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A Computationally Efficient QRS Detection Algorithm for Wearable ECG Sensors

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In this paper we present a novel Dual-Slope QRS …

In this paper we present a novel Dual-Slope QRS
detection algorithm with low computational complexity,
suitable for wearable ECG devices. The Dual-Slope algorithm
calculates the slopes on both sides of a peak in the ECG
signal; And based on these slopes, three criterions are
developed for simultaneously checking 1)Steepness 2)Shape
and 3)Height of the signal, to locate the QRS complex. The
algorithm, evaluated against MIT/BIH Arrhythmia Database,
achieves a very high detection rate of 99.45%, a sensitivity of
99.82% and a positive prediction of 99.63%.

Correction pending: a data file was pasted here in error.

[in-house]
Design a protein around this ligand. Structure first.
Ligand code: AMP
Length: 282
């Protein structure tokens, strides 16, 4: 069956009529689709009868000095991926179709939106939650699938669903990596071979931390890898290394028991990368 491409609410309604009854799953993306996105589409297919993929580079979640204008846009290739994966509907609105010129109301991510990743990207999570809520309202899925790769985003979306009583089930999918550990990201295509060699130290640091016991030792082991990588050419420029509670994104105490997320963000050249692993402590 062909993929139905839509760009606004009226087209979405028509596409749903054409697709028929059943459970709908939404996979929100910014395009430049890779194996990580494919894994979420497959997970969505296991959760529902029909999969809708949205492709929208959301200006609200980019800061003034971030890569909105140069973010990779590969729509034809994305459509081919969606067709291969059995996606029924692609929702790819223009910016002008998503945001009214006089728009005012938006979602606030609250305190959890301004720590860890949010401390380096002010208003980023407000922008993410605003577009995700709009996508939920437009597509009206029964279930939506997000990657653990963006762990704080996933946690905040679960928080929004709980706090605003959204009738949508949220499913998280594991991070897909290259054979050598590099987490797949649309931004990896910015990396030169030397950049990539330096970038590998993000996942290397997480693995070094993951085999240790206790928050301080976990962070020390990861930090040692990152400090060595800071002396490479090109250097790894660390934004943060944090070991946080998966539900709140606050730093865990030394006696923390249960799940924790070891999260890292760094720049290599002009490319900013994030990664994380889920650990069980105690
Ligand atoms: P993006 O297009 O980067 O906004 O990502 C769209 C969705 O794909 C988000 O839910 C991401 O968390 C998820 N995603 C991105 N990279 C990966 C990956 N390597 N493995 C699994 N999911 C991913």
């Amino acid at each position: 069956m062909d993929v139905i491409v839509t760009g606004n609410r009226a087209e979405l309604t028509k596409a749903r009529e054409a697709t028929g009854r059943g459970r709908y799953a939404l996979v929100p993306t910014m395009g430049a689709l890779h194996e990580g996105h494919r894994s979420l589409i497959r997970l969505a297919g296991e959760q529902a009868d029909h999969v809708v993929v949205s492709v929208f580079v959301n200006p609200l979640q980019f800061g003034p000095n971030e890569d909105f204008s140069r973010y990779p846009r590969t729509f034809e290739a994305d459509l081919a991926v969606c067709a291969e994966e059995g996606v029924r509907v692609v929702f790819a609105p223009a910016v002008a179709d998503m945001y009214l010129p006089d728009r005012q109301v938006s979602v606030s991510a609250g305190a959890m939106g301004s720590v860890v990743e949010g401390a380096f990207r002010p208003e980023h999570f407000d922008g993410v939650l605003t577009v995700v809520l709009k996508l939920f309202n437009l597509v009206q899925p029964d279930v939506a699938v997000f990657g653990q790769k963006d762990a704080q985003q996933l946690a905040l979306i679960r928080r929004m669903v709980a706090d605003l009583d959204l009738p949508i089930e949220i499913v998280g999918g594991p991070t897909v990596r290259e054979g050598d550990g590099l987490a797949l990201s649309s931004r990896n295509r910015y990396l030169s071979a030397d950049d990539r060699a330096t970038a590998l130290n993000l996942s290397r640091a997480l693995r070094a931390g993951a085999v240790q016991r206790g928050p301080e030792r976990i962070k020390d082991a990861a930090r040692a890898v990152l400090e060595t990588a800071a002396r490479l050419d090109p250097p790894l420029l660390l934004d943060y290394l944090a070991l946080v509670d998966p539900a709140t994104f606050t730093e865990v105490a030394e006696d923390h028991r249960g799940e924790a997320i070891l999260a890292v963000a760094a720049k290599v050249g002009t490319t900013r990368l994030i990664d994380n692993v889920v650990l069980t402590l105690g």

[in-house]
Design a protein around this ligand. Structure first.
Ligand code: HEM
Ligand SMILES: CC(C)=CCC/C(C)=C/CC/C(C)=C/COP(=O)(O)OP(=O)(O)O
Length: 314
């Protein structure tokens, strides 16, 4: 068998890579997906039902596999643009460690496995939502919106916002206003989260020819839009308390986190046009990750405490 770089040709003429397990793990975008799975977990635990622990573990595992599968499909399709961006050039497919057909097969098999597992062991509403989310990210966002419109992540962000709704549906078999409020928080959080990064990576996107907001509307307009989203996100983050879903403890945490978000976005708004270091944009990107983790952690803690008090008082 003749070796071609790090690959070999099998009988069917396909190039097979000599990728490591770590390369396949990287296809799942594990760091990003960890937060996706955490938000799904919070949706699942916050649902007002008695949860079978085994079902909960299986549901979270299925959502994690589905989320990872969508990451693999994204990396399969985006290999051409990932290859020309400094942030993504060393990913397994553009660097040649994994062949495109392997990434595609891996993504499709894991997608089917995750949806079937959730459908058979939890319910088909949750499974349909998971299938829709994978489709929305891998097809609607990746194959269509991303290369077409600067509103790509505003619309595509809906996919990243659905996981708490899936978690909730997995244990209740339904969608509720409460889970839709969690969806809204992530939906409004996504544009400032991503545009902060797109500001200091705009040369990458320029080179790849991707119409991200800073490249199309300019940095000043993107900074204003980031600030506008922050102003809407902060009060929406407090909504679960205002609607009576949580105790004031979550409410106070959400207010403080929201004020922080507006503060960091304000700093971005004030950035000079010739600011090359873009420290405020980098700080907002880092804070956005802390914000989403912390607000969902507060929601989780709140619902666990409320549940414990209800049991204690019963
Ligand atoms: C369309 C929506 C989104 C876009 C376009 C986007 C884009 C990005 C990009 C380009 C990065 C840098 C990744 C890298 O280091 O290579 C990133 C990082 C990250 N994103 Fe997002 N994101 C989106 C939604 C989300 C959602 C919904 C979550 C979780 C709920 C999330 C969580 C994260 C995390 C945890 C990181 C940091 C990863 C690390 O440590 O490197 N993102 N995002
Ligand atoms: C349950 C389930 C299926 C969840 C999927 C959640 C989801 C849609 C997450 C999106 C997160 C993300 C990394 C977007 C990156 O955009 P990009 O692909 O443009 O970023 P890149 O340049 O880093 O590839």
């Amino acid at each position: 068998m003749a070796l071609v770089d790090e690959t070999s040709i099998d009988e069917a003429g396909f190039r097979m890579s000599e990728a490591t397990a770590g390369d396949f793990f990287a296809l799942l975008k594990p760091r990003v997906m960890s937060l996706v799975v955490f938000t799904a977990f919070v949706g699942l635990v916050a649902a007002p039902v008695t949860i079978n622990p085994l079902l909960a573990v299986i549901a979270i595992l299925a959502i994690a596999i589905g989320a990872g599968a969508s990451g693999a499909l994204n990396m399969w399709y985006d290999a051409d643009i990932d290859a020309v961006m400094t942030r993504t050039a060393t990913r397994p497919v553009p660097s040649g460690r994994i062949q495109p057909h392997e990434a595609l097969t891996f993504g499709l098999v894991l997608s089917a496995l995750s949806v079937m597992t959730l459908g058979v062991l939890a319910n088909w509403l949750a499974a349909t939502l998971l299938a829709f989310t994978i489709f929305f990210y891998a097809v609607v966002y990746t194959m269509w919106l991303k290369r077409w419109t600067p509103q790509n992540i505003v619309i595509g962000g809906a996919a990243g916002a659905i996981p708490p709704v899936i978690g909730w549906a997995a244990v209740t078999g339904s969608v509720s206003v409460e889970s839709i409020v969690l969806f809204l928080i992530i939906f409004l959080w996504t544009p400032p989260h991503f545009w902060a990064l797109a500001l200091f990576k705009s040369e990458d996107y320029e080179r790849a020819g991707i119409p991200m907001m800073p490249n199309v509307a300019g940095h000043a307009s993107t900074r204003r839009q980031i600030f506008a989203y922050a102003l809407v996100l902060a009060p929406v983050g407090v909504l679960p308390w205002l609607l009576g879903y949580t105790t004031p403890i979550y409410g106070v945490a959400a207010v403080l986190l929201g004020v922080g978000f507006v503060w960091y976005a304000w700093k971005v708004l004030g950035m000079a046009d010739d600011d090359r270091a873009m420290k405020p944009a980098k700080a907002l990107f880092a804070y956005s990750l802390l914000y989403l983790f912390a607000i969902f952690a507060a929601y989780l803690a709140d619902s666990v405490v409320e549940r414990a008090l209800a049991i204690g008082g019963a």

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  • 1. 33rd Annual International Conference of the IEEE EMBS Boston, Massachusetts USA, August 30 - September 3, 2011 A Computationally Efficient QRS Detection Algorithm for Wearable ECG Sensors Y.Wang, C.J. Deepu and Y.Lian, Fellow, IEEE Abstract: In this paper we present a novel Dual-Slope QRS detection algorithm with low computational complexity, suitable for wearable ECG devices. The Dual-Slope algorithm calculates the slopes on both sides of a peak in the ECG signal; And based on these slopes, three criterions are developed for simultaneously checking 1)Steepness 2)Shape and 3)Height of the signal, to locate the QRS complex. The algorithm, evaluated against MIT/BIH Arrhythmia Database, achieves a very high detection rate of 99.45%, a sensitivity of 99.82% and a positive prediction of 99.63%. Index Terms - Electrocardiogram, QRS detection, wearable sensors, low complexity. I. INTRODUCTION W ith a fast aging society, there is an emerging trend for personalized healthcare adoption in many countries. Personalized healthcare advocates a preventionoriented healthcare, in which each person is equipped with wearable or implantable sensors to monitor the vital signs continuously. These vital signs are transmitted to a remote health monitoring centre, where computers and doctors are keeping an eye on the health condition of each individual. If any abnormal condition is detected, the person will be informed with either text messages or voice calls from remote doctor for a clinic appointment. In the preventionoriented healthcare system, continuous cardiac ECG monitor plays an important role. Such ECG recording devices are expected to generate significant amount of data needed to be transmitted to remote monitoring centre. Meanwhile, the limited battery life of wearable devices greatly affects the recording time. To lengthen the recording time, it is desirable to adopt low power QRS detection algorithms in wearable ECG sensors. In published literature for QRS detection, various derivative-based algorithms have been proposed[1]. However, the detection rates of these algorithms are not very satisfactory[1]. The traditional derivative-based algorithms periodically compare the differentiated waveform with an empirical threshold to locate the QRS complex. The performance of this algorithm is highly affected by baseline noises, whose derivatives can be quite high as well. Considering that the width of QRS complex is relatively fixed, in the range of 0.06-0.1s[2], and in QRS complex there are usually two large slopes, the widths of these two slopes in QRS complex are approximately 0.030.05s. Hence, instead of directly taking derivatives of the ECG signal, we can focus only on the slope of straight line connecting two samples that are separated by this width. If the values of the slope are calculated for any two samples that are separated by this width, then the largest values should be found in the QRS complex. To enhance the detection performance, the slope difference between left hand side and right hand side can be compared with an adaptive threshold, making use of the fact that the largest change of slope usually happens at the peak of QRS complex. Based on this idea, the proposed Dual-Slope QRS detection algorithm is developed. This paper is organized as follows. In Section II, we discuss the details of the algorithm proposed. In Section III, the evaluation results of the algorithm against the MIT/BIH arrhythmia database is given. Concluding remarks are drawn in Section IV. II. PROPOSED ALGORITHM If a signal section is to be detected as QRS complex, it must have steep slopes with width close to the slope width in QRS section. Besides, it somewhat should have a ramp like shape and the height (amplitude) of the peak should be high enough. Based on this, we developed three criterions for checking the signal section’s steepness, shape and height respectively. If a signal section can satisfy all three criterions, a peak should exist in the current section. Then local extremes are searched to locate the peak position, followed by adjustment which aims to avoid multiple detections within the same QRS complex. The details of each step are given in the following subsections. And a flowchart of the proposed Dual-Slope algorithm is given in Fig. 1. Manuscript received April 15, 2011. This work was supported by Singapore Agency for Science Technology and Research, under ASTAR SERC Research Grant No. 092-148-0066. Y. Wang and C.J.Deepu are with National University of Singapore (email: {yichao, deepu}@ nus.edu.sg). Yong Lian is with National University of Singapore (phone: +65 65162993, email: eleliany@nus.edu.sg) 978-1-4244-4122-8/11/$26.00 ©2011 IEEE 5641